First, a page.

Long Term Contracts - Good Idea? Bad Idea?

Discussion in 'The Business of Hockey' started by abracanada, Jul 29, 2006.

  1. abracanada

    abracanada Registered User

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    Hemsky signing for 6 years looks good now. And it does have some benefits. These long term deals make it a lot easier to move players, that is for sure. Thing is, will the salaries continue to escalate the way they have? I suspect not. Very easy to get tied in at exactly the wrong time.
     
  2. MrMastodonFarm*

    MrMastodonFarm* Registered User

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    Obviously you have to judge each contract on their individual merits, but the majority of them I don't like. In a capped world you limit alot of your options when you sign a guy to a 7+ year/5+ year deal. We won't see the ramifications right away, but in 2-3 years we are going to see a huge mess when it comes to the teams that have bad long term deals.
     
  3. Fugu

    Fugu Guest

    From a players' perspective, I think longterm contracts are bad for one reason alone. Escrow.

    The cap may go up a few more percentage points over the lifetime of this CBA, but the warning signs are already out there. I looked over commitments teams have made thus far, and it does seem like a solid majority will be spending over the midpoint. Just how far over remains to be seen, but if that trend continues, guys who signed last year or who gave up $$$ for term will end up with less than player's who got a lift from the cap going up and who did not trade term for dollars. The beauty of linkage is that it shifts around where the money goes, and it goes from the pocket of one player into the pocket of another.

    From a team's perspective, it may be wise to lock a good player into a longer term deal especially if the belief is that the cap will increase again. There is a delicate balance though of just how longterm to go. Losing flexibility with your roster especially to longterm deals given to older players may be really painful. And as noted in the previous paragraph, if more and more teams eat up their own cap space, moving guys will become harder and harder if it ever should come to that.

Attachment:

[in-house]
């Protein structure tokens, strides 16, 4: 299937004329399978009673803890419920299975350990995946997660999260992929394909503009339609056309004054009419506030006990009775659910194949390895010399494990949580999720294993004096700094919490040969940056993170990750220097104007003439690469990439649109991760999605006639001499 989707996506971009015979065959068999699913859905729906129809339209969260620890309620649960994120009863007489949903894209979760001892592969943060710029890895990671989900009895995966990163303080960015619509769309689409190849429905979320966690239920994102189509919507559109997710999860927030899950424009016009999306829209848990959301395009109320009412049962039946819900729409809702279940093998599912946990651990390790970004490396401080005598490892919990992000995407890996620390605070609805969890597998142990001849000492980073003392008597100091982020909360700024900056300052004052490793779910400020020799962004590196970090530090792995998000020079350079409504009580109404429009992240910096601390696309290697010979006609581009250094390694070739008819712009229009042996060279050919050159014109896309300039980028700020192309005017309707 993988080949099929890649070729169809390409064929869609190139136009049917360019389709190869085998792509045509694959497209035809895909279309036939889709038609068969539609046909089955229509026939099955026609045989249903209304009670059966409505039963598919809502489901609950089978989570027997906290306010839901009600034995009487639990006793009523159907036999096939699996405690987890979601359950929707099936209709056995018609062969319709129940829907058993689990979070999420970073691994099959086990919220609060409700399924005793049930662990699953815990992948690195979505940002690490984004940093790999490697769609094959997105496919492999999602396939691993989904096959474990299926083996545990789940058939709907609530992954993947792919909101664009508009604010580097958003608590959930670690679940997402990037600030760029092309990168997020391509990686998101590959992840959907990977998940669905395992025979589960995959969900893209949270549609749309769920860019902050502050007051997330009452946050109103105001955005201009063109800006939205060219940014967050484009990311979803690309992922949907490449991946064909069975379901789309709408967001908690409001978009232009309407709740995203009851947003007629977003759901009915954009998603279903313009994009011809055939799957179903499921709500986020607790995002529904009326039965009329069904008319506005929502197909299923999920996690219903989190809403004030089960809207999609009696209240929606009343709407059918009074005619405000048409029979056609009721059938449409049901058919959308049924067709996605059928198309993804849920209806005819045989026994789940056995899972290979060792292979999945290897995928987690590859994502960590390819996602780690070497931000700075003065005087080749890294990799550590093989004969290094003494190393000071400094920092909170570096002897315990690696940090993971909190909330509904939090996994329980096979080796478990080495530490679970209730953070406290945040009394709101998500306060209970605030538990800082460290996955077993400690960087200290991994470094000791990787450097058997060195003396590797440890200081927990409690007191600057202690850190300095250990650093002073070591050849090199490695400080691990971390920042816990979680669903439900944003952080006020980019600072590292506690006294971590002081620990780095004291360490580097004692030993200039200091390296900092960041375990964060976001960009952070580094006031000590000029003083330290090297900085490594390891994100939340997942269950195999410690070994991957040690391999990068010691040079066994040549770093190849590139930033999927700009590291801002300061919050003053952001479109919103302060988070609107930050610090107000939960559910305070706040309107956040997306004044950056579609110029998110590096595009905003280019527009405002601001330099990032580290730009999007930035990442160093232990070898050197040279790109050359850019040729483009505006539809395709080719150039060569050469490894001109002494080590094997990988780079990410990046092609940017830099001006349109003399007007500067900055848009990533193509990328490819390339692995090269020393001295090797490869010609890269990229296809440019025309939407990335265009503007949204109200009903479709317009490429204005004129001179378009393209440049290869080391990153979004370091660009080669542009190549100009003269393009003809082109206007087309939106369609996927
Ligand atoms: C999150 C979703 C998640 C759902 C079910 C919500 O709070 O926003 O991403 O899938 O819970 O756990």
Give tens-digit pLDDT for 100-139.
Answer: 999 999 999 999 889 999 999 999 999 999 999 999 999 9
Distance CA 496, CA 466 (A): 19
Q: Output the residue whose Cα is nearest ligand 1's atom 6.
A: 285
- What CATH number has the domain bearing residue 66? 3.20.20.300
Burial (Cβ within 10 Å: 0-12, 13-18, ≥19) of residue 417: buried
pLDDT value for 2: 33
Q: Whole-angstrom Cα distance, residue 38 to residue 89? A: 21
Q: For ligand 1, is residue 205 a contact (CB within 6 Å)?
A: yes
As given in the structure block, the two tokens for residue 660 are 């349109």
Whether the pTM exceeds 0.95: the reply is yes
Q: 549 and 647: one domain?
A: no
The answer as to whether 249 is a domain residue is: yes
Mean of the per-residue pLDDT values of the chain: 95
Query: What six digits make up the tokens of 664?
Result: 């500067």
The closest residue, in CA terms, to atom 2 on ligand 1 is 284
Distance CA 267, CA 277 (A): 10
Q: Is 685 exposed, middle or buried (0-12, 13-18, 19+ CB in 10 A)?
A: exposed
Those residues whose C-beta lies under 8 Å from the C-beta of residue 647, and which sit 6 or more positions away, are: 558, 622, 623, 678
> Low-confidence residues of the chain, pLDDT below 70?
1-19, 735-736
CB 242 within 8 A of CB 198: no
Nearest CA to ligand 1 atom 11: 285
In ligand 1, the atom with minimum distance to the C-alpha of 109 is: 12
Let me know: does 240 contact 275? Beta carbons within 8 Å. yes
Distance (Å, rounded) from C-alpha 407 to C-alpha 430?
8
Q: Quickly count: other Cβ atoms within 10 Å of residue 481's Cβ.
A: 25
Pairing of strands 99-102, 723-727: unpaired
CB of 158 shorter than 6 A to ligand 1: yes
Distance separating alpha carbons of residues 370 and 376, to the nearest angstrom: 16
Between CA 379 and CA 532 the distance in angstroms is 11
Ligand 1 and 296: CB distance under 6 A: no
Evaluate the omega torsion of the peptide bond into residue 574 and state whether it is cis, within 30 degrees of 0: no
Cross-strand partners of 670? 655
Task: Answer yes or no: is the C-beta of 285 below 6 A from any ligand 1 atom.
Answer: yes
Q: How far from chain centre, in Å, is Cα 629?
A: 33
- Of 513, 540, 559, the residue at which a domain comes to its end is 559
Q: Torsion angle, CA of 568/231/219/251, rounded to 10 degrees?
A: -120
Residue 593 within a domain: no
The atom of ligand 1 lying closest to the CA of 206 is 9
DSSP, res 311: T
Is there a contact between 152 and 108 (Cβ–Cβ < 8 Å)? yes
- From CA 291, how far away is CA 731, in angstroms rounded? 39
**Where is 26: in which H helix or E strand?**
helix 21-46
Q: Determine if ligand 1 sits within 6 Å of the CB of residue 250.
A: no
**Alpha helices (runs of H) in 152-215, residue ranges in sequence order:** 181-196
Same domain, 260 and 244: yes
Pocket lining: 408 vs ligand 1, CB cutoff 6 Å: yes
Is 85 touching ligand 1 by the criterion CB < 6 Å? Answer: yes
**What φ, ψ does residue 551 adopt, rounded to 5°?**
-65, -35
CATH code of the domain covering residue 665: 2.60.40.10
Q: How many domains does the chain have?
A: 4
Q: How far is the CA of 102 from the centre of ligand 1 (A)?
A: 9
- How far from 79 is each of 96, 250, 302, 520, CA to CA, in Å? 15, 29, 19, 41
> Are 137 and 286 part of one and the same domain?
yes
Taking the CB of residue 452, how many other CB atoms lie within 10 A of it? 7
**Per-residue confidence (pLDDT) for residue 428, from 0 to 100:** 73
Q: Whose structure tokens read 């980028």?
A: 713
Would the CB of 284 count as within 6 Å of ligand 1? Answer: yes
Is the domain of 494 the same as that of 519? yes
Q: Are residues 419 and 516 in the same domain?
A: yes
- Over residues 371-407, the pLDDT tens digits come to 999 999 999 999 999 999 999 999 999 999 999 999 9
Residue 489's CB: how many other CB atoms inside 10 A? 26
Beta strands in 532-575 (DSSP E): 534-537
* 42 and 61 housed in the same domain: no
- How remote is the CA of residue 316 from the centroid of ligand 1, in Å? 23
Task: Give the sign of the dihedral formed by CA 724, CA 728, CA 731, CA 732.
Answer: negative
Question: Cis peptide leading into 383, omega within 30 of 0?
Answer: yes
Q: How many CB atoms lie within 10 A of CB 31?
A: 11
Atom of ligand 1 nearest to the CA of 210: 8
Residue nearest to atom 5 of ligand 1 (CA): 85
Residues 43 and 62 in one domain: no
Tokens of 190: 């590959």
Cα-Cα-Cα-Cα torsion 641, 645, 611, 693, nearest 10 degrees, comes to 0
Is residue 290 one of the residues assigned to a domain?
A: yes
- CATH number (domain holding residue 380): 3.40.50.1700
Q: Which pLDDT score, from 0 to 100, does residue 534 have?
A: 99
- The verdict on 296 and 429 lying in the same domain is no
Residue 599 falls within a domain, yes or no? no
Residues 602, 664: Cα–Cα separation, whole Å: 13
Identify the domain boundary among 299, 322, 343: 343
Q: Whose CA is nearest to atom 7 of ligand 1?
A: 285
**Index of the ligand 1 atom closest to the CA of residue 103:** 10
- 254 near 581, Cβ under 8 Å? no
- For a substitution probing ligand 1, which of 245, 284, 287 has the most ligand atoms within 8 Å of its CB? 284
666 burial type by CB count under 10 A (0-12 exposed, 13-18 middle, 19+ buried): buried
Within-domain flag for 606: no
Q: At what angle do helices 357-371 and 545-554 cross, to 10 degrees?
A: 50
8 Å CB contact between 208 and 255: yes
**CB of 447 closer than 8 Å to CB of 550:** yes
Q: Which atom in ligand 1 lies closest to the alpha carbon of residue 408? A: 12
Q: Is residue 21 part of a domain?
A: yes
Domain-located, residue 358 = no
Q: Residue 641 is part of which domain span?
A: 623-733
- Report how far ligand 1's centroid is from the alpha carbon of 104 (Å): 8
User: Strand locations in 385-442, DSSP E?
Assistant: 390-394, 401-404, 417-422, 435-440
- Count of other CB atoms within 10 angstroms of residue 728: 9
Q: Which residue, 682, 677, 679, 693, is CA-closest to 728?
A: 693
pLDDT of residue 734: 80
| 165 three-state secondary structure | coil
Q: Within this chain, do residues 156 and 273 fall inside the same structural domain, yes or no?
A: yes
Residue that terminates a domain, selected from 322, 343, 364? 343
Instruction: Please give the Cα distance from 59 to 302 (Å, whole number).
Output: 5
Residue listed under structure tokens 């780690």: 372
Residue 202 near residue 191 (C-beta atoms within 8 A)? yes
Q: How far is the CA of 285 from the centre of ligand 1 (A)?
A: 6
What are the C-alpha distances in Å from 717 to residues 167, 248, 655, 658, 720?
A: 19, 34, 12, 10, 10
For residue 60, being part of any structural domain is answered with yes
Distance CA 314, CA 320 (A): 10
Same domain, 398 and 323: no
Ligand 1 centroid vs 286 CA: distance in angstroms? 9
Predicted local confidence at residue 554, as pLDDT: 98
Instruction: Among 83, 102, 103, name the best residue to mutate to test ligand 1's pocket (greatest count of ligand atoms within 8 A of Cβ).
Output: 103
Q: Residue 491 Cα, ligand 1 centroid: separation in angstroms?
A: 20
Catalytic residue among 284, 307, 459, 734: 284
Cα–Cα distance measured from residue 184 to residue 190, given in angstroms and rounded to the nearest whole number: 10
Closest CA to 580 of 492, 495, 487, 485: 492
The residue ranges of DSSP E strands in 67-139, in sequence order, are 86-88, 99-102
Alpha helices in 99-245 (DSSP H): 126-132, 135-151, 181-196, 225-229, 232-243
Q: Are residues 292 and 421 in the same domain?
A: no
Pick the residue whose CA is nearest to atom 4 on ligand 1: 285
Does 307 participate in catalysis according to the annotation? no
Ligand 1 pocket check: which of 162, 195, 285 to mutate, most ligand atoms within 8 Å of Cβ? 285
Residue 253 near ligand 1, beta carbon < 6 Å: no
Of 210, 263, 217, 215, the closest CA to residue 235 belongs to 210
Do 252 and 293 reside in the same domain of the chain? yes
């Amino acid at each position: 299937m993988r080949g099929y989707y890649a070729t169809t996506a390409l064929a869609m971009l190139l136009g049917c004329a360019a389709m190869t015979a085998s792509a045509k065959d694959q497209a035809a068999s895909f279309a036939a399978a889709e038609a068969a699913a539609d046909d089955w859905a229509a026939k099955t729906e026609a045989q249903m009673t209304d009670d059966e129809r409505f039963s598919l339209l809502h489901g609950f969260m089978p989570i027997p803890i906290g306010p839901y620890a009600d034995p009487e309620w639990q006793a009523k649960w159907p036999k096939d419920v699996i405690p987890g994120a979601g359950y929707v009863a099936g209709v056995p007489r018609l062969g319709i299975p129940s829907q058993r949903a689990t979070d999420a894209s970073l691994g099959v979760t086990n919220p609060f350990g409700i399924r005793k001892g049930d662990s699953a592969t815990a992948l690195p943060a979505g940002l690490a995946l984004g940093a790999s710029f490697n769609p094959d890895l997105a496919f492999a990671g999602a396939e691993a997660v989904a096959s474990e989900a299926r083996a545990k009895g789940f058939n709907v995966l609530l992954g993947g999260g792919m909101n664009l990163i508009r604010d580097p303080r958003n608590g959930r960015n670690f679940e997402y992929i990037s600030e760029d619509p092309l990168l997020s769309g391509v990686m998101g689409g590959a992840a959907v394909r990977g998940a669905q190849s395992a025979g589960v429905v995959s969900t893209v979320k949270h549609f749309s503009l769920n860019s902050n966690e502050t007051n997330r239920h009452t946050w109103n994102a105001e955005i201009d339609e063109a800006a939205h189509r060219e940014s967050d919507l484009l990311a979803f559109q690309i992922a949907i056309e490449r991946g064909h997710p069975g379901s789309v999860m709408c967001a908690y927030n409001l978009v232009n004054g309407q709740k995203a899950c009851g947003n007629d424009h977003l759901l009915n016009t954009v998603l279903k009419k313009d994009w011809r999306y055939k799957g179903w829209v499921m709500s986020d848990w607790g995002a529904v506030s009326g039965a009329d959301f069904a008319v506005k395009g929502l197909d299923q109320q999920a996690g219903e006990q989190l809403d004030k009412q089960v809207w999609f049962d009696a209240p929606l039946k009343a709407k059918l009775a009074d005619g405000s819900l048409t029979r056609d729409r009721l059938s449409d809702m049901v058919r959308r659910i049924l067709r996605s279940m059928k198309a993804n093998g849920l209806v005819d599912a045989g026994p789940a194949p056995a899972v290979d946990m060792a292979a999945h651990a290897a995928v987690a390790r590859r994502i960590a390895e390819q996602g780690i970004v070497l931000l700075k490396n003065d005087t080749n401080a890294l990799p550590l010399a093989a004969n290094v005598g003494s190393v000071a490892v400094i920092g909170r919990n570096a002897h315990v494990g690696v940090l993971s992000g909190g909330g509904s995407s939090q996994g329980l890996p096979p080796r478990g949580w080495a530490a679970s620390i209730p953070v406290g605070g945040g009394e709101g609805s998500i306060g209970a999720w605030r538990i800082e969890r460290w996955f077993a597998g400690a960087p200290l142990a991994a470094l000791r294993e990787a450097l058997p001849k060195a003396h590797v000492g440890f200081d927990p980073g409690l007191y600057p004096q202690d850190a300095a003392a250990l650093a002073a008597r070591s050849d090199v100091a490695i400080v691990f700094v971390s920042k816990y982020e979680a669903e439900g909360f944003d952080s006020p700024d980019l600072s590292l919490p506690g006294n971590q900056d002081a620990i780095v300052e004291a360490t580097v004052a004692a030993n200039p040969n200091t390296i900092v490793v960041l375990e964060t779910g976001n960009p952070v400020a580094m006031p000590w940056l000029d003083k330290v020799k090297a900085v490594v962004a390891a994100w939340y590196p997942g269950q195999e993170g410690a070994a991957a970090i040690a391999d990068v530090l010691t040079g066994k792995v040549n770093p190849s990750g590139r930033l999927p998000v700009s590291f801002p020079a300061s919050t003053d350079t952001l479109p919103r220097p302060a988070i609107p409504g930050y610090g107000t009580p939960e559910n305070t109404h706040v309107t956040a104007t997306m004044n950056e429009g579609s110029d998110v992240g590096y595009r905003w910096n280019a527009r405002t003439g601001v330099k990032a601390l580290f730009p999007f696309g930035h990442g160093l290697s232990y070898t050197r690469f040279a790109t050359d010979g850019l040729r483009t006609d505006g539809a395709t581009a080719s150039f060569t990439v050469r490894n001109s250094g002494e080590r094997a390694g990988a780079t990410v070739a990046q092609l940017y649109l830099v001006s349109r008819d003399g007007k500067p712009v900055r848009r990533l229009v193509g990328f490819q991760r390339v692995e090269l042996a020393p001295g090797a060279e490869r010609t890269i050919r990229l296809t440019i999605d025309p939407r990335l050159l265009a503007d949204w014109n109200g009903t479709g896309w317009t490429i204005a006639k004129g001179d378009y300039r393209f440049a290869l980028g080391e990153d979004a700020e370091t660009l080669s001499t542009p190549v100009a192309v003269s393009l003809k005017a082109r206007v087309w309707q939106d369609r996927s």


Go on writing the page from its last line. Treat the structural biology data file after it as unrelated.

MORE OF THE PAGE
4. Street Hawk

    Street Hawk Registered User

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    Age and injury

    A young guy like Hemsky, drafted in 2001, so in 2006, he's only 23 years old, so this 6 year deal takes him to age 29, which is pretty good. Compare this to the 7 year deal that Elias (drafted in 1994, which makes him 30 in 2006), got, which takes him to age 37, might not look so good if Elias isn't producing after age 35.

    Hemsky has put up enough numbers that his 4.1 million dollar per year cap hit isn't too bad. Even if he just produces what he did last year, the deal is going to be good for the Oilers. If Hemsky learns to shoot the puck more he could be a 90 point guy, and for 4.1 million, that is outstanding value, given that the Oilers bought out 2 years of UFA.

    For the Devils, Elias will continue to produce for the next few years. But, what will his production be when he's 35-37? We've seen Sakic, who is 7 years older than Elias, point production drop off a bit, but still pretty good numbers. If Elias can perform at that kind of clip in the last 2 years of his deal, then it's a good deal for the Devils.

    I have to say, I was shocked that Hemsky got a 6 year deal, from a player's point of view. Most guys in his situation would have taken a deal that got him to UFA or at the very least good more money to give up 2 years of UFA.

    Long term deals are not bad if you sign someone under 30, so with the new UFA age down to 27 soon, then locking up a 27 year old for 6 years until they are 33 is very good for a team, because you've seen what the player has done for the past several years and that player is hitting his prime at 27.

    Be weary of long term deals for guys that are 30-32.
     
  5. GSC2k2*

    GSC2k2* Guest

    Long term deals are almost always good for the player.

    It is guaranteed money, even if you are hit by a bus.